Not much to report but leaves continue to fall, lightening the woods and carpeting woodland paths. Yellows and browns dominate the view across the valley with occasional dark green Holly or grey-green Pines for contrast, village largely hidden amongst trees. This morning, curtains of light drizzle move over the valley misting the horizon to pale sky, just a light breeze sufficient to waft spinning and spiralling leaves high. No advantage in leaves moving far from source, but aerodynamic efficiency must enable a tree to carry the maximum number of these lightest of solar power-packs with minimum weight or wind resistance.
With useful minerals re-absorbed leaving red, yellow and brown coloured waste, the petiole anchor is broken and the leaf wafted away like a kite with no string, or a wing without a fuselage.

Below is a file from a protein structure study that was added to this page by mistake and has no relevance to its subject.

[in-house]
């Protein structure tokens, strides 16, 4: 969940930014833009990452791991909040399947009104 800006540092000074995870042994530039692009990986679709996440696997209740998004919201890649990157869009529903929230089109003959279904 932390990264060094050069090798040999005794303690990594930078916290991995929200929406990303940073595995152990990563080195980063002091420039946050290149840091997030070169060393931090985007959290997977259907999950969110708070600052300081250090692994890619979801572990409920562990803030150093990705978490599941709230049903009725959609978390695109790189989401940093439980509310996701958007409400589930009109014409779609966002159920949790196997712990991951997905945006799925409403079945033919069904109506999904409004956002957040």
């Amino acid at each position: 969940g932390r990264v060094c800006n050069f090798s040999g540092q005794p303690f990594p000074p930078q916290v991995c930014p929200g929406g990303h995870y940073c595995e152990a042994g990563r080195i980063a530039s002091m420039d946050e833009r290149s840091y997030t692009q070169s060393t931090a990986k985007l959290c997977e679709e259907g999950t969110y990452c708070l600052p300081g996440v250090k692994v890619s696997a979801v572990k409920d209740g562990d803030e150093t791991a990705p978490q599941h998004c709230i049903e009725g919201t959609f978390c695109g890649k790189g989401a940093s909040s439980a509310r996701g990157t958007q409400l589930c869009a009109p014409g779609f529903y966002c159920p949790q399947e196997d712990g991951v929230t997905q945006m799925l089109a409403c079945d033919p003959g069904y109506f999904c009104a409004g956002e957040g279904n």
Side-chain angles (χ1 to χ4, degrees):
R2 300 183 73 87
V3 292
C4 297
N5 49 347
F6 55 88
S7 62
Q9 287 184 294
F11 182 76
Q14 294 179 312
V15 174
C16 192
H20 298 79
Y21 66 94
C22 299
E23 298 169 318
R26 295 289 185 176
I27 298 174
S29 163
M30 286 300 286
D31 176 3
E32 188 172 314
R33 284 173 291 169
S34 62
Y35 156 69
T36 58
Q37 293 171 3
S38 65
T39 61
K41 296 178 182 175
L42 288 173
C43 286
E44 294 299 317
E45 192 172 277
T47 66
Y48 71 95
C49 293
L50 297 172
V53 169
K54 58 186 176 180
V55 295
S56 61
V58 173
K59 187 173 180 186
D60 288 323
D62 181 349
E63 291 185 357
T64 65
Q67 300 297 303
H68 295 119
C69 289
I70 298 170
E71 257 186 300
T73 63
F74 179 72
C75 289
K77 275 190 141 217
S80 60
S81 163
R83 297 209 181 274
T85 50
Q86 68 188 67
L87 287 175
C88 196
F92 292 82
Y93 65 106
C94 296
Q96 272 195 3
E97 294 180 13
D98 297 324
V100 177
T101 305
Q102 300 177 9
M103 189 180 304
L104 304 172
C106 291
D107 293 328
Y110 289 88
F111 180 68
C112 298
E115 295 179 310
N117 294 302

Isolated gulls beat upwind low over the bay, occasionally twisting and dropping down to peck a morsel spotted between serried ranks of dirty green waves. One in particular claimed attention: finely built like Black Headed Gull but lacking bi-coloured wing; lacking also black and white tips of most other gulls, and ink-tipped Kittiwake wing.
White wing-tips, dark under-wing, and surface-feeding behaviour lead to Little Gull identification, despite no nearby gulls for comparative scale.
Inland, a wooded escarpment with cliffs marks a past coastline and higher sea levels. After 15 minutes, scanning the ridge for soaring raptors has still not paid off. Then a flock of large birds rises up behind the ridge, dark against the sky. Before clear identification, a single bird separates from the crowd with fast, pointed wing-beats: strange, irregular shape, eventually crystallising into heavy-laden Peregrine making quick getaway. Half-mile of distance gives space for quick tuck and bill assisted load shift, moving prey back under the tail for more streamlined, efficient flight.
Wildlife Wales Activities: www.wildlife-wales.co.uk